“Danni’s got a great touch on the snow and just wants to go fast,” Black said.

Schwarz also cracked the top 10 in the morning, finish­ing eighth.

“She really took it to the course,” Verplank said. “All the racers were carrying a lot of speed into the bottom part of the course and Ilona handled the transition really well.”

Schwarz took 17th in the afternoon. After failing to fin­ish the morning race, Kropf dusted herself off and bounced back to finish 19th in the afternoon.

Cardamone just missed the podium in Saturday’s morning giant slalom for the boys, finishing fourth.

Disappointed and wanting nothing less than a win on his dad’s birthday, Cardamone returned in the afternoon to dominate the field and claim the gold in the second GS. “He handled the pressure and left no doubt who the winner was,” Verplank said.

Hancock was ninth in the morning race and 10th in the afternoon. Lane was 10th in the morning and third in the afternoon.

“Third place for a first-year skier is incredible,” Verplank said. “He might be the best first-year skier I’ve ever coached.”

Despite starting 42nd, Travis Lundin moved up to finish 14th in the morning race and 11th in the afternoon.

Verplank said the afternoon run was the best Lundin’s ever skied.

“Remarkable,” Verplank said. ” Travis let it all hang out, got hip-checked by a gate, recovered and still finished 11th.” Brownell-Patty separated herself from the other first­years yet again with a fourth-place finish in Sunday morn­ing’s slalom race, followed by Mueller-Ristine in sixth.

“The separation between the racers was fractions of a second,” Black said.

Schwarz, despite tripping the starting wand a second early, finished 11th.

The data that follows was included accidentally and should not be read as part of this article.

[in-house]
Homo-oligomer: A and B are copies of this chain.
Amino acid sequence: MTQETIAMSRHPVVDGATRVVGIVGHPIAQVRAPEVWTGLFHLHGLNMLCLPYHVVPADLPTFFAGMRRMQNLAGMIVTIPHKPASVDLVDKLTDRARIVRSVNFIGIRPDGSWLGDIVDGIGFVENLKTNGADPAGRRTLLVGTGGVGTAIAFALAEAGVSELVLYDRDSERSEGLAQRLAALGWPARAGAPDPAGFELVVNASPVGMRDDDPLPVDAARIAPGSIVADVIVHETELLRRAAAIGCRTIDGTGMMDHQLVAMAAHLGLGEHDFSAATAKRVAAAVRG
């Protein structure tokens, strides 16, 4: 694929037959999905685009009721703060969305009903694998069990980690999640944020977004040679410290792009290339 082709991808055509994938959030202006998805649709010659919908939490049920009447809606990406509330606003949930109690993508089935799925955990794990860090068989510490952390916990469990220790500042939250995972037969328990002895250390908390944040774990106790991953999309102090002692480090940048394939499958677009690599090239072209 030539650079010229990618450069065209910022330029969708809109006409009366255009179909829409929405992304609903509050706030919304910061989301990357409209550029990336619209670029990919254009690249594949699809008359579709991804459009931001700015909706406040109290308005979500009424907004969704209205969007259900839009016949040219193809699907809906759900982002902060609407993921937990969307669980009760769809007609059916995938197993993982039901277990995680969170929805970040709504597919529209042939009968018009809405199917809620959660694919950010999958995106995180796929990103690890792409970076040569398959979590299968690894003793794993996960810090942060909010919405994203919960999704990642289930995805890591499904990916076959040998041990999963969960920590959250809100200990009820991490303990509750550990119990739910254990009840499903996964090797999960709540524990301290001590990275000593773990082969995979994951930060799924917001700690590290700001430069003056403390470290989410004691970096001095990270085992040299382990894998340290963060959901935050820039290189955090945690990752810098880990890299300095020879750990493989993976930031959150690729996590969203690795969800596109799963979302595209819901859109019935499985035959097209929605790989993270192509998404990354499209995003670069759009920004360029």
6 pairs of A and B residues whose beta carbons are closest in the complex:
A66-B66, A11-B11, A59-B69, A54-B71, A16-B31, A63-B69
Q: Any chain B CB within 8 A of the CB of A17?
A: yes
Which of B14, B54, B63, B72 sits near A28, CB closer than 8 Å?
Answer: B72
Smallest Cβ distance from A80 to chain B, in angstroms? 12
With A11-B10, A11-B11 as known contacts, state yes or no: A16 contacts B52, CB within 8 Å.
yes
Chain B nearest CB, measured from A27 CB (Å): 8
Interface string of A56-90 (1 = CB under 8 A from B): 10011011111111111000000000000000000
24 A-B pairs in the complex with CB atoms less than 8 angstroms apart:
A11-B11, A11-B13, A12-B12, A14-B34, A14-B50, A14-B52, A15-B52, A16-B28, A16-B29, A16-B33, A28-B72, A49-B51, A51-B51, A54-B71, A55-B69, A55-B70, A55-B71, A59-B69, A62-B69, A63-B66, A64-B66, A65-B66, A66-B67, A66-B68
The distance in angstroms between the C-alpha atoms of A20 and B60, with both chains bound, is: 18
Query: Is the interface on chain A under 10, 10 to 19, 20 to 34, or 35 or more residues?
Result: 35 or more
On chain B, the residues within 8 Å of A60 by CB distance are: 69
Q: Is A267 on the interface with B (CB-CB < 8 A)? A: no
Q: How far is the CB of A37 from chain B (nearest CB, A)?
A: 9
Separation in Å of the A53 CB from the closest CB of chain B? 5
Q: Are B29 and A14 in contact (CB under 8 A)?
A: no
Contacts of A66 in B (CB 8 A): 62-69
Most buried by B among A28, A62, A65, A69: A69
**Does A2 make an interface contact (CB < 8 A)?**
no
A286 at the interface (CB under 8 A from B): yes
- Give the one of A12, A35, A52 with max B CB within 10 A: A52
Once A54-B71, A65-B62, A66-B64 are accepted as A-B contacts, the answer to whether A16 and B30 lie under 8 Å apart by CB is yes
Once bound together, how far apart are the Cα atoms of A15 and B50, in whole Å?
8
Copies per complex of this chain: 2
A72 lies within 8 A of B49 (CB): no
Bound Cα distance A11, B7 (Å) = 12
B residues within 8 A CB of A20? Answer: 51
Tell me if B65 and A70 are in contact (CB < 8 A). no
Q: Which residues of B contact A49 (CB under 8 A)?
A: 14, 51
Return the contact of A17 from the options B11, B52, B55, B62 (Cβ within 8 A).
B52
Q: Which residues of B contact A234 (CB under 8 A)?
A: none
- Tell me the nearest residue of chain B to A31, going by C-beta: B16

All the AVSC girls struggled with the afternoon slalom. Mueller-Ristine crashed hard and Schwarz was the top Aspen finisher, in 20th.

The overall championship was still in doubt heading into the final boys slalom races Saturday. AVSC’s skiers did their best to hold their ground against the powerhouse Central Division slalom specialists.

Lane took seventh with some mistake-free skiing in the tightly-contested morning slalom.

“There were less than 1 1/2 seconds separating first and tenth place,” Verplank said.

Cardamone finished 12th, Hancock was 13th and Lundin finished 20th.

Lane followed with a fourth-place finish in the after­noon and Cardamone was eighth.

Despite starting back in the pack, both Henry Woodrow and Tanner Spence made huge moves up the standings in the afternoon race. Woodrow started 47th and finished 23rd, and Spence leaped from 79th to 25th. Spence’s jump earned him the third-place “Bibbo” award.

After Cardamone’s and Mueller-Ristine’s overall tri­umphs earned them coveted spots on the U.S. team that will compete against the best 11-14 year-old skiers in the world at next month’s Whistler Cup in Canada.

AVSC also claimed the overall team title by a whopping 112 points over runner-up Vail.